Saturday, August 6, 2011

Preston Lauterbach's "The Chitlin’ Circuit"

Music journalist Preston Lauterbach lives with his wife and children in Memphis, Tennessee.

He applied the “Page 99 Test” to The Chitlin' Circuit and the Road to Rock 'n' Roll, his first book, and reported the following:
I hope that my book passes the “open to any page” test. Writing history, I try to evoke a lost world, and page 99 happens to be a dandy. Some imagery: “‘…the orchestra is screaming like a bunch of freight trains,,,boy what a time! Lights blue and green flickering on a lake of whiskey, a sea of wine, and an ocean of beer….’”

It’s not my writing, but a piece of especially vivid source material that accomplishes what I’m after, bringing the reader to another place. In this case, a Houston, Texas nightclub called the Harlem Grill, in 1938. My book The Chitlin’ Circuit and the Road to Rock ‘n’ Roll illuminates the neon signs outside places like the Harlem for one more night.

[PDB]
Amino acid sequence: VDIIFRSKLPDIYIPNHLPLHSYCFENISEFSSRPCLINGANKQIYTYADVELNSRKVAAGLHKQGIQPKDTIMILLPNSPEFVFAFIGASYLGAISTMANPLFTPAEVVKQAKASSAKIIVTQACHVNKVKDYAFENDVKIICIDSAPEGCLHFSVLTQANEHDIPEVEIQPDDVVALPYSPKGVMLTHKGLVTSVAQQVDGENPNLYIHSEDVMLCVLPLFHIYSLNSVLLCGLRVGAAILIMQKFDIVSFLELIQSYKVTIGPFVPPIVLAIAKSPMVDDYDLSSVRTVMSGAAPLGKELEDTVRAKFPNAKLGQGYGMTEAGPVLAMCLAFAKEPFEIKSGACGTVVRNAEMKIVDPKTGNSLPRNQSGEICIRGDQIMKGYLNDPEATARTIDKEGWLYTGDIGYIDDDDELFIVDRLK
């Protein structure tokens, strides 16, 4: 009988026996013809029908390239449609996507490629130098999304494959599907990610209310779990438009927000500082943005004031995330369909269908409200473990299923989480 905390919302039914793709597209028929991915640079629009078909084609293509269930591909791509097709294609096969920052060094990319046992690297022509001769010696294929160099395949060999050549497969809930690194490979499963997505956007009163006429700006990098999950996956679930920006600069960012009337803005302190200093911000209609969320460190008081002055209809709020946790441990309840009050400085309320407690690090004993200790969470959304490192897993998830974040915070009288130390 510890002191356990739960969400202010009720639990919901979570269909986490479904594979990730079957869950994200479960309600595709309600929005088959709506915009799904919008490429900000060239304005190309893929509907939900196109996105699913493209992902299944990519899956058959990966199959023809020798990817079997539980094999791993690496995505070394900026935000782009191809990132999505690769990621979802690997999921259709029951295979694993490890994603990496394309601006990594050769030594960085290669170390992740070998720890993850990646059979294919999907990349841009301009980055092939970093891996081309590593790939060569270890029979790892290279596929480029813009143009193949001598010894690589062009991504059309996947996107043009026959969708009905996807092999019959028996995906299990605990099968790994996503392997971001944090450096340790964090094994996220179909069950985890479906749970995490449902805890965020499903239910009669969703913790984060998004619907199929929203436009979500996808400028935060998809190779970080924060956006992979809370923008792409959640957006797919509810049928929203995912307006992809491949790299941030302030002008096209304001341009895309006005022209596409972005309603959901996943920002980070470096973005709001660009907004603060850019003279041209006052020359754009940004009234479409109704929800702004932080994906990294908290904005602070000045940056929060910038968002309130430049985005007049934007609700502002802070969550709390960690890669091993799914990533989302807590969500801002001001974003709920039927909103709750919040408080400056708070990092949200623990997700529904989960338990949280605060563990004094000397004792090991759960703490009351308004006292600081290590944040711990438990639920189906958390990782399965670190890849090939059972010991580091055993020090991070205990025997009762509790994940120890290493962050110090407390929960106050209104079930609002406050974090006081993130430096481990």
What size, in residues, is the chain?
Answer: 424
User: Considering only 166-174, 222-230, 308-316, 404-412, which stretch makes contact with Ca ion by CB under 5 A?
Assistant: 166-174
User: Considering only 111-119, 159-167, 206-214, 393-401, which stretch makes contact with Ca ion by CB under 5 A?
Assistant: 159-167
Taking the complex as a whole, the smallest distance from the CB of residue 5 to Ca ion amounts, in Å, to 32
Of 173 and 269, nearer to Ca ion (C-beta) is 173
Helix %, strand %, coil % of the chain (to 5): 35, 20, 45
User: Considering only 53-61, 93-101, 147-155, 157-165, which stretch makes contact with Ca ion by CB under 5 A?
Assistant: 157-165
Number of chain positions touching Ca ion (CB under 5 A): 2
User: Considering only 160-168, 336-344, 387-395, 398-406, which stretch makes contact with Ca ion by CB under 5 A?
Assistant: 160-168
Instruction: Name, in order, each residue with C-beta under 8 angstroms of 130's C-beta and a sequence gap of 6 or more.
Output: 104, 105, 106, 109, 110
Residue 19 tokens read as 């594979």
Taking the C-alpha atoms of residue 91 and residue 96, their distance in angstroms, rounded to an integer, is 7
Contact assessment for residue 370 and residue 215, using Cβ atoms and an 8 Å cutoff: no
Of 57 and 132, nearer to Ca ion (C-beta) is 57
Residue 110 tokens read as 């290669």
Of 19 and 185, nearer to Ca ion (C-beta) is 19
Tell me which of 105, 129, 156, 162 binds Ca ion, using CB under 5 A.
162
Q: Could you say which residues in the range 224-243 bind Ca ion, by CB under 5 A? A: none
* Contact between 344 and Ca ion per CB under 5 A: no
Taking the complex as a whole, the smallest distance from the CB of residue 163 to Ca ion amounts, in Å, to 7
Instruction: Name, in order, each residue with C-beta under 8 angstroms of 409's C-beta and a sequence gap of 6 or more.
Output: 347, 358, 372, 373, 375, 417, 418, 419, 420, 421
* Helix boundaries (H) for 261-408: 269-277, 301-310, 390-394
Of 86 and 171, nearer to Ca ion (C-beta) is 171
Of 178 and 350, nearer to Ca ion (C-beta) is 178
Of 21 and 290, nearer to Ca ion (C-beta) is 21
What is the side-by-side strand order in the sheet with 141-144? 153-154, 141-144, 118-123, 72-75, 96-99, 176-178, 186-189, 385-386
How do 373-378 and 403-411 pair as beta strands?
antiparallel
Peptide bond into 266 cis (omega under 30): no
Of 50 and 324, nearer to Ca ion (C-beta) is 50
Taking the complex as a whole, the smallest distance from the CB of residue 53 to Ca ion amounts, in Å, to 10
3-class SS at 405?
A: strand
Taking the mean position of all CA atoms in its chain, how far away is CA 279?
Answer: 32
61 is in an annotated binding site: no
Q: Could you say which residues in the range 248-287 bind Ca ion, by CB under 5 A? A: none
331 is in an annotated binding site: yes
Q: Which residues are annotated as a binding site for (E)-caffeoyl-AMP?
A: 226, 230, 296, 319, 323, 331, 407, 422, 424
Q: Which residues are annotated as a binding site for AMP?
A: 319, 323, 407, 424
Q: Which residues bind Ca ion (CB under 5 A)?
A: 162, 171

Places like the Harlem were part of an economically and artistically vibrant black subculture known as the chitlin’ circuit. They were the homebases for old school music business hustlers like Don Robey, who ran the Harlem, and they incubated the sounds of swing, rock ‘n’ roll, and soul. Despite their critical contribution to American culture, virtually all of the chitlin’ circuit clubs of this era are gone without a trace.

Memories of nights at the Harlem still crackle in the minds of the people that partied there, and the energetic black journalism of the day recorded the outsized exploits of the kingpins who ran bootlegging rackets, gambling ventures, and prostitution rings on the circuit while financing upstart entertainers from Jimmie Lunceford to Little Richard and James Brown.

Page 99 of The Chitlin’ Circuit goes behind the scenery at the Harlem and details the fast-paced, inventive scheming that advanced the circuit across America, describing the dance promotion ring that Don Robey used to elevate Louis Jordan, Johnny Ace, and Ike and Tina Turner to stardom.

Though page 99 offers just a taste of vulgar glory, it represents the mystique that lingers around the chitlin’ circuit as well as the visionary planning that made it go.
Learn more about the book and author at Preston Lauterbach's website.

--Marshal Zeringue